view all the images associated with this article click on the camera above.
Canadian National and Canadian Pacific Railway have a track
sharing arrangement in the Fraser and Thompson Canyons. Mission City lies at the western junction (railway west) of
their shared trackage. Perhaps it might be interesting to examine the traffic patterns at this point.
The Canadian Pacific Railway was the first railway to operate trackage through the Fraser and Thompson Canyons.
Construction along this route was initiated by the federal government in 1880 when they hired Andrew Onderdonk, an
American of Dutch descent, to perform the work. Onderdonk held several contracts for the most difficult construction through the
canyons. As first on the scene Onderdonk had the best choice of a route through the canyons. Even so, the CPR wasn't
happy with his construction when it was transferred to them by the government. Years later, when what is today
called the Canadian National drove steel through the canyons, they were obliged to struggle along the opposite side
of the rivers on an even more forbidding route.
Several years ago the railways agreed to share tracks through the canyons in a so-called
"directional running zone" thereby permitting an increase in traffic. Generally, trains travel west on CN
tracks and eastward on CPR. There are exceptions of course, such as derailments, or land slips, or even the operation
of CPR's steam locomotive 2816, which usually runs against the flow of traffic on CPR's line.
This shared trackage begins in the east at Coho and Nepa which are located a short distance west (once again, railway
west) of Ashcroft. A track crossover between the two railways connects them. CN names the location Coho while CPR
calls it Nepa. The two places are a stones throw apart.
The junction on the western end might be considered to lie at the center of the bridge across the Fraser River at
Mission City. Mission City lies on the north bank while Matsqui rests on the south. This is a major connection point
for their co-production trackage, as the railways call it.
Mission Area Trackage
Mission seemed like it would be a choice location to photograph the many train movements. In addition to the main
lines there is also a CPR branch line with a diamond crossing of CN south to Abbotsford and Sumas on the international
border. Along the way there is another junction with the old BC Electric or BC Hydro, now named the Southern Railway
of British Columbia. A commuter operation, known as the Westcoast Express, operated by CPR on CPR trackage offers
Monday to Friday service between Mission City and CPR's old Vancouver station on Burrard Inlet. There are pedestrian
walkway connections from the station to the SeaBus and the SkyTrain which form part of Vancouver's transit system.
Westcoast Express trains depart Mission during the early mornings then return in the evening. There are five trains
in each direction spaced about 30 minutes apart.
Study the animated map at the top of this page which shows CPR and CN trackage at Mission. Red lines indicate common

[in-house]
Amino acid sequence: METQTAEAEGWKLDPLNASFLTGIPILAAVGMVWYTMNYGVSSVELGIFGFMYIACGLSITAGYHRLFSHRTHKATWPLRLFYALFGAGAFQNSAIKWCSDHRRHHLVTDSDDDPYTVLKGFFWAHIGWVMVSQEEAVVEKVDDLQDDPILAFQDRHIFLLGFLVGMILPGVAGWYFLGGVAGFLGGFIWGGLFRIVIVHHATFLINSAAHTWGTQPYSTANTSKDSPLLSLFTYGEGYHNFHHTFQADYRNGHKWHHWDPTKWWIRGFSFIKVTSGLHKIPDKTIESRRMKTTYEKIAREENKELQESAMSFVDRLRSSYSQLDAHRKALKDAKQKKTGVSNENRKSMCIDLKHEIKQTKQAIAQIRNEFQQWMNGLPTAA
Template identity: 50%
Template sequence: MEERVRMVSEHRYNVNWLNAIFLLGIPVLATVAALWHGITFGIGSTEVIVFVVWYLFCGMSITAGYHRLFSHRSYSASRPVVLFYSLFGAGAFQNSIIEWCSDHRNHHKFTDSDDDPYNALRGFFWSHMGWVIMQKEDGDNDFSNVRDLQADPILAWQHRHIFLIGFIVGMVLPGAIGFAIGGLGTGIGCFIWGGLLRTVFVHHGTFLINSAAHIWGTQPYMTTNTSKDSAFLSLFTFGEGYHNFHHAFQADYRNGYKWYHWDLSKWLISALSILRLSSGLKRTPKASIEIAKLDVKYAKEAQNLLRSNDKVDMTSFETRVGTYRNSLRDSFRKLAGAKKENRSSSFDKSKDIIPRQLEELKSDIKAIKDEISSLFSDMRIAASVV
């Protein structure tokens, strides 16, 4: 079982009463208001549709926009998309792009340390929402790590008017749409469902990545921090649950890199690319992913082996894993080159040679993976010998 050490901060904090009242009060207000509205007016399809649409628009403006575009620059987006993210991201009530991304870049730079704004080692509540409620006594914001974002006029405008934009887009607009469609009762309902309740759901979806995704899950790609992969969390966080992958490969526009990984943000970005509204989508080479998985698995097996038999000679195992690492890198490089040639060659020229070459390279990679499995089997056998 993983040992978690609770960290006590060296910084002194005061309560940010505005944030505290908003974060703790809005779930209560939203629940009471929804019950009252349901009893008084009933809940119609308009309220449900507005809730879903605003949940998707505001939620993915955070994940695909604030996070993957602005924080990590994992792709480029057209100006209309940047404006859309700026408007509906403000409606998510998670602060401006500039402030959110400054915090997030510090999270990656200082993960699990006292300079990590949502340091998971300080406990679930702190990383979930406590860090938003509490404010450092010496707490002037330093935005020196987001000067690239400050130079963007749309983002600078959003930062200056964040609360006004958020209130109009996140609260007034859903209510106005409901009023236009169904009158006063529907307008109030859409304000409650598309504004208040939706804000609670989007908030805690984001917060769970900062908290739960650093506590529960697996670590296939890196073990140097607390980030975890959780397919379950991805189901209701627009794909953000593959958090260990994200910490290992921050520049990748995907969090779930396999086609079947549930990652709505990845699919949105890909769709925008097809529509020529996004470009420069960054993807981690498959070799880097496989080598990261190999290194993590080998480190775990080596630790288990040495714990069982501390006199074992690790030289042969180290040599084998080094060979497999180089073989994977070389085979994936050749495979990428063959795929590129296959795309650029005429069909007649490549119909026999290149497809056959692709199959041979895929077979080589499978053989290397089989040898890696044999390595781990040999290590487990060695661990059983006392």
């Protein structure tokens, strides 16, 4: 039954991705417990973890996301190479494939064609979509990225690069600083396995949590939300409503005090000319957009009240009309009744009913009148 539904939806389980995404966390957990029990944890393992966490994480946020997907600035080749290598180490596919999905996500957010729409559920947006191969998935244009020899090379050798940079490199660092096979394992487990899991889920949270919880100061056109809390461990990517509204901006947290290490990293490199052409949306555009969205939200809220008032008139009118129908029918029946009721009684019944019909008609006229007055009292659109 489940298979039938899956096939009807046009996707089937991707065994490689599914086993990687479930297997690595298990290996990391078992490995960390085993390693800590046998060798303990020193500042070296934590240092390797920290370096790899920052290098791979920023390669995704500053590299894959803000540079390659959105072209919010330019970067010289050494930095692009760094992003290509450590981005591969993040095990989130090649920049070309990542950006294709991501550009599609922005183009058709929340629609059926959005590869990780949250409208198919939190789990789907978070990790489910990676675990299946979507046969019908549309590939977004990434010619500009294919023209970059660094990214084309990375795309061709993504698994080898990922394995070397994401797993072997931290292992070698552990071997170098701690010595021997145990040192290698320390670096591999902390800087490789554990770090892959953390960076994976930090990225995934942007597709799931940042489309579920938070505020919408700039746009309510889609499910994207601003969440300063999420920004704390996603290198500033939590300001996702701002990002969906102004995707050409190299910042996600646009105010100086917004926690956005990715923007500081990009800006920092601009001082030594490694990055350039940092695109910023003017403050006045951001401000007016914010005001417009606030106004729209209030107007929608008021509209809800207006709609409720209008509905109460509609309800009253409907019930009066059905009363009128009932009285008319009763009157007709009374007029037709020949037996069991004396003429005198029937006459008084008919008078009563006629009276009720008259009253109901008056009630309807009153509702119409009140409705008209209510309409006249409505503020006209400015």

CPR train movements, blue lines show CN movements, while a black line shows coal train movement of both railways. Note
that loaded coal trains only move in a westerly direction to Tsawwassen or North Vancouver. Empty coal trains return
eastbound on the path indicated. Note also that the animated map shows the movement of trains, NOT which running
trade employees are operating those trains. Consult the attached CPR press release below for more information.
In January of 2006 the railways announced a new routing and switching agreement to cover the area between Boston Bar
on the CN line in the Fraser Canyon and ports at Roberts Bank and North Vancouver. These new changes are expected to
take place effective March 2006. This strategy is to help cope with the increase in container volumes expected to
increase from the present level of 2 million TEUs to 5-7 million TEUs by 2020.
Bring a long lens if you plan to shoot near CPR's wye at Mission. Access is blocked by fencing and industrial
buildings on the south side of CPR's main line. There is a private crossing into the wye but it is railway property
and you would be trespassing should you enter. DON'T become one of those trespassing statistics quoted by the
Railway Association of Canada.
Photo access to trains on the south shore in Matsqui presents few problems but you must remain aware of vehicular
traffic a well as rail traffic. Highway 11 can be quite busy.
There are 10 photos included with this article, most snapped around Mission, but one was taken at Hatzic, a short
distance east of Mission on CPR's main line. One other photo shows the local CPR way freight with CP 3005 still in
green paint passing the old semaphore signal at the Southern Railway of BC junction south of Mission.
Streets & Trips is a mapping application sold by the Microsoft
Corporation. This article provides a downloadable file so you may locate photographs by their latitude and longitude
co-ordinates with mapping software on your computer. You require Microsoft Streets & Trips software
installed on your computer for this file to be useable.
Canadian Pacific Railway
Canadian National Railway
Southern Railway of British Columbia
Railway Association of Canada
District of Mission